Under the legislation, leave begins to accrue on the later of the employment date or the law’s effective date (currently anticipated to go into effect on October 29, 2018) at a rate of one (1) hour for every 30 hours worked. The law does not require employers to allow employees to accrue more than 40 leave hours in a consecutive 12 month period, with such period to be determined by the employer.

Alternatively, employers can provide employees with 40 leave hours on the first day of the benefit year as an alternative to accruing time.  If employers “front load” such leave, employees may carry over accrued but unused leave or employers must offer employees compensation for unused leave by the end of that benefit year.

Employers should consult with an attorney regarding the anticipated employer notice, posting, and record keeping requirements associated with the Paid Sick Bill, as well as determining employee eligibility and duration of waiting periods that may be implemented before leave can be used.


A bill introduced in the New Jersey Legislature on April 4, 2013, Assembly Bill 3970, seeks to prohibit enforcement of agreements restricting departing employees from competing, disclosing confidential information, or soliciting employees or customers if those employees are found eligible to receive unemployment compensation benefits.

The legislation is intended to remove barriers for those seeking new employment, but the language of the proposed statute is broad and provides that an unemployed individual found eligible to receive unemployment benefits “shall not be bound by any covenant, contract, or agreement . . . not to compete, not to disclose, or not to solicit.”  A copy of the bill can be found here.   Thus, even agreements allowing a terminated employee to work for a competing firm, but prohibiting the employee from soliciting customers or employees or disclosing trade secrets could be invalidated.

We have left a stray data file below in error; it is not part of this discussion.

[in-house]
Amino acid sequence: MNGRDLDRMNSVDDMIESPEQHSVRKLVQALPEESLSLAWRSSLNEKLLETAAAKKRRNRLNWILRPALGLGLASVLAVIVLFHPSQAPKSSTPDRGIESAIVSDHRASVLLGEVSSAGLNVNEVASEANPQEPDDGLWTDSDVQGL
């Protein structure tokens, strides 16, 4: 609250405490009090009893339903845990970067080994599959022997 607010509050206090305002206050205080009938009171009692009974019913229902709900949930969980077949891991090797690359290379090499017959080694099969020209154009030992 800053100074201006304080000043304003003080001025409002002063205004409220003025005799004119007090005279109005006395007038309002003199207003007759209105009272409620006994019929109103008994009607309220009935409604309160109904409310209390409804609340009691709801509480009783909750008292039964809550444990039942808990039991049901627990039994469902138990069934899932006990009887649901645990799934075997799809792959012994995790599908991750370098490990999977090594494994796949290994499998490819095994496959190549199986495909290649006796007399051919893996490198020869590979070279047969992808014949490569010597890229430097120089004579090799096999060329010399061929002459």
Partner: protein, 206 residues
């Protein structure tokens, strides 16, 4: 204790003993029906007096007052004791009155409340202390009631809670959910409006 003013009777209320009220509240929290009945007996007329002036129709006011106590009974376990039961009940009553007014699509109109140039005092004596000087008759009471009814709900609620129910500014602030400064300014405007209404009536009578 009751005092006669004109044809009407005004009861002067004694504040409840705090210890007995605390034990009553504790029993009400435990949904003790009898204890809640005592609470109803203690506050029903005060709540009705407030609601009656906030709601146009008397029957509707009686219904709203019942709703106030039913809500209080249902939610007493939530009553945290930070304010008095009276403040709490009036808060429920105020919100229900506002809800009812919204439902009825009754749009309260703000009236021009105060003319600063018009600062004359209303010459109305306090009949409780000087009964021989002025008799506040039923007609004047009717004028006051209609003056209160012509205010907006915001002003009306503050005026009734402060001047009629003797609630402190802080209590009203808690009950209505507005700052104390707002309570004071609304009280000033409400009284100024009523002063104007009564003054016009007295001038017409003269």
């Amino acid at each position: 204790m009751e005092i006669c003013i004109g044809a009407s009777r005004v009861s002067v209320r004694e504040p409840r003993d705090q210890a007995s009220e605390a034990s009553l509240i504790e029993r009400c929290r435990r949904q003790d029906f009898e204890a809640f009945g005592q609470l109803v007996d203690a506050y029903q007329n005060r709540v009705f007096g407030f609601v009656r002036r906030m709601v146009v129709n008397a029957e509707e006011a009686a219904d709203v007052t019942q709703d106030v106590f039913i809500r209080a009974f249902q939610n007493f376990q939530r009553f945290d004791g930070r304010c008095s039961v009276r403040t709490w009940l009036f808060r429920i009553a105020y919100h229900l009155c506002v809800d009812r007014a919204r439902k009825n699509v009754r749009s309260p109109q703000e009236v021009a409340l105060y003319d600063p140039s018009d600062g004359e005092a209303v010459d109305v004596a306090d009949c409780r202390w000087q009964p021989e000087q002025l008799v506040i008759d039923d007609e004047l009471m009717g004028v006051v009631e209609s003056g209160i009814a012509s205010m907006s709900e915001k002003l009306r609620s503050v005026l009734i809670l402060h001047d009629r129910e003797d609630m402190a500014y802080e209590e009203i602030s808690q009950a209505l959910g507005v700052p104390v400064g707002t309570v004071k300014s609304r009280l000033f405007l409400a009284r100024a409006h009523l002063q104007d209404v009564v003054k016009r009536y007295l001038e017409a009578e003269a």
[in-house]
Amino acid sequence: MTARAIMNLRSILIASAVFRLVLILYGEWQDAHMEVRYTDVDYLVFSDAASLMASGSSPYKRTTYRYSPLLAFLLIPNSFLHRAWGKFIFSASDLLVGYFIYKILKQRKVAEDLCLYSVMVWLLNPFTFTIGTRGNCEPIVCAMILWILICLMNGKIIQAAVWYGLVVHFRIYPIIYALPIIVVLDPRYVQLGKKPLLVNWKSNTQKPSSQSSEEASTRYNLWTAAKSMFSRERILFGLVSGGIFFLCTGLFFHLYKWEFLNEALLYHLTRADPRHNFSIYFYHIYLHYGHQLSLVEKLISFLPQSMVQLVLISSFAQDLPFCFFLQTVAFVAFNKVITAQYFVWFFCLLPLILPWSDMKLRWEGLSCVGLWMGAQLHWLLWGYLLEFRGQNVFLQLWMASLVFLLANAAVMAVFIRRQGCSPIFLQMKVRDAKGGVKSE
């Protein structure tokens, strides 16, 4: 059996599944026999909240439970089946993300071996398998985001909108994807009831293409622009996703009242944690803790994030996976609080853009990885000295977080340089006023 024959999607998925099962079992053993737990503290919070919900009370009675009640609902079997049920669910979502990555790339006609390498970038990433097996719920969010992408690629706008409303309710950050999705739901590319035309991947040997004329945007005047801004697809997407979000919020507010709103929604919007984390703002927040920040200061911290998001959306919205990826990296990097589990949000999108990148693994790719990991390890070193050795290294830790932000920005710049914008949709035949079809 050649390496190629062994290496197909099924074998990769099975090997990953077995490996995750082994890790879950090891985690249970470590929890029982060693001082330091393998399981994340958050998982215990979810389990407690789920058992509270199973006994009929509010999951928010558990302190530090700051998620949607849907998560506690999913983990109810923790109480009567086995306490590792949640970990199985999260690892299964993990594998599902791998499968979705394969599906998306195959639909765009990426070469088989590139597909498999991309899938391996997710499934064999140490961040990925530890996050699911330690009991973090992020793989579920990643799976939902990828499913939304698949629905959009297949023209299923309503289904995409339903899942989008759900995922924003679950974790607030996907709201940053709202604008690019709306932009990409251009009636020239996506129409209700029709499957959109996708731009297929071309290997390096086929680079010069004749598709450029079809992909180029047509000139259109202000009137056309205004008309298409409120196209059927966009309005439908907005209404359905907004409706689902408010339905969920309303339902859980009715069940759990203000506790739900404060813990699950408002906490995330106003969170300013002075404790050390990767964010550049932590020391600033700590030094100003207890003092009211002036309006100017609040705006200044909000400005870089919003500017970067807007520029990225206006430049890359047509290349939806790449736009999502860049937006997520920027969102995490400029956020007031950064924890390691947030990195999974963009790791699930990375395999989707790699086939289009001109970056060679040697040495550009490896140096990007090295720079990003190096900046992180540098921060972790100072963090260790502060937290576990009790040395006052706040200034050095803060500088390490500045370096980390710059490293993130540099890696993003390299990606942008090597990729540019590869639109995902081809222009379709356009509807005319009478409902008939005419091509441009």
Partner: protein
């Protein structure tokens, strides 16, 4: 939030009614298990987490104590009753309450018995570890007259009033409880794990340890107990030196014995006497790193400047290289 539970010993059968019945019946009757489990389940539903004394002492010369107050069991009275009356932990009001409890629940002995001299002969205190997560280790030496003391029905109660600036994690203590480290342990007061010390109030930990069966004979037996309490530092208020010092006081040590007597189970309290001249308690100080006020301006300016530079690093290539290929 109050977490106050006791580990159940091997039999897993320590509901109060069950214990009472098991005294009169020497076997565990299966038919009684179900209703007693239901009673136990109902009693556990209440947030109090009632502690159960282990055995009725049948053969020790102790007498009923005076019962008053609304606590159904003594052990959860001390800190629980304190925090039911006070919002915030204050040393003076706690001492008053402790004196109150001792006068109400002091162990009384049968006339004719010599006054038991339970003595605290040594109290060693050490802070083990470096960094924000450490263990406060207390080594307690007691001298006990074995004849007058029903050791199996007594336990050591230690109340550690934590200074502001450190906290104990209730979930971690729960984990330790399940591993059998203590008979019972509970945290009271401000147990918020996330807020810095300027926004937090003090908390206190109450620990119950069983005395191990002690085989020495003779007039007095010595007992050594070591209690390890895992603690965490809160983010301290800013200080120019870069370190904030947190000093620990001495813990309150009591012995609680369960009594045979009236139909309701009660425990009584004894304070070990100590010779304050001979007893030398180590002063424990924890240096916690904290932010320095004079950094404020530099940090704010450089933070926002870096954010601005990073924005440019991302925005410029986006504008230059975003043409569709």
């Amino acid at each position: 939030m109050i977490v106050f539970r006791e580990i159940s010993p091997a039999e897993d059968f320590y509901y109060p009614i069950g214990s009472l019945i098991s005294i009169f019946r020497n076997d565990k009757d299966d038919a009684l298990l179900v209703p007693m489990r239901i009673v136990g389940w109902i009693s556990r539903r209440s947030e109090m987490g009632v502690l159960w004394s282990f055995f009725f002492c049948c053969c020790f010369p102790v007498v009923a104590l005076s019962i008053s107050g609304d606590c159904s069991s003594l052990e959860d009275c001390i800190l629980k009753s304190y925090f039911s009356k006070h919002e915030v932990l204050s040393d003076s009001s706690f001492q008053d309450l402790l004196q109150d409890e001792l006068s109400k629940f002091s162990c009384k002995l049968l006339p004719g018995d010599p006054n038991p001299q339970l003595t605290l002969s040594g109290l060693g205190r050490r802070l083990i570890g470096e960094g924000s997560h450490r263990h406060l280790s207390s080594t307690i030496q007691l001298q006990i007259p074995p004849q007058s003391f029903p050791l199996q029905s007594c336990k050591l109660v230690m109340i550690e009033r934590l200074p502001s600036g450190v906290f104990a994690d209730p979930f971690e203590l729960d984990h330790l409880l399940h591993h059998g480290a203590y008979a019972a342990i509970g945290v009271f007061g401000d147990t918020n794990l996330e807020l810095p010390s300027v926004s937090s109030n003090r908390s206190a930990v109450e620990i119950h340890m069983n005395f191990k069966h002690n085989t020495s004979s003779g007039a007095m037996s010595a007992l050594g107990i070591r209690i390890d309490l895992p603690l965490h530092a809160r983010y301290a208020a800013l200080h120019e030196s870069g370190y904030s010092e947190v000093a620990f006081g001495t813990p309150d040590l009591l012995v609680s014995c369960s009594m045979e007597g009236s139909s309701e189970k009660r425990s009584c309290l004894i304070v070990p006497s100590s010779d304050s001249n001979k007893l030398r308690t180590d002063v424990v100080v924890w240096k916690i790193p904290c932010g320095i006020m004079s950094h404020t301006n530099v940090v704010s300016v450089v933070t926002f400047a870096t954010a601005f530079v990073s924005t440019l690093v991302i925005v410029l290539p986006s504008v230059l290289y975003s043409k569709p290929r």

The proposed law, which would not apply to any agreement or covenant in effect before the law is enacted, raises a number of issues for employers and employees.  If enacted, employers may be reluctant to terminate underperforming workers because of fears the employer will not be able to adequately prevent such terminated employees from competing and soliciting their clients and employees.  The proposed legislation may also cause more employers to put such agreements in place before enactment of the statute, thereby increasing the number of employees currently subject to non-compete and non-solicitation agreements.

Under the proposed legislation, the enforceability of non-disclosure, non-competition, and non-solicitation agreements would turn on whether the terminated employee is found eligible for unemployment benefits.  The legislation, therefore, also could lead to more unemployment compensation disputes regarding the circumstances surrounding an employee’s departure, as employers seek to maintain contractual post-employment restrictions and employees seek to eliminate them.

Whether the proposed statute will be enacted is uncertain, but even given the prospect of such a significant change in the law, employers should look at their existing workforce, employment agreements, and workplace policies and procedures to evaluate whether the investments they have made in their business and employees are being adequately protected.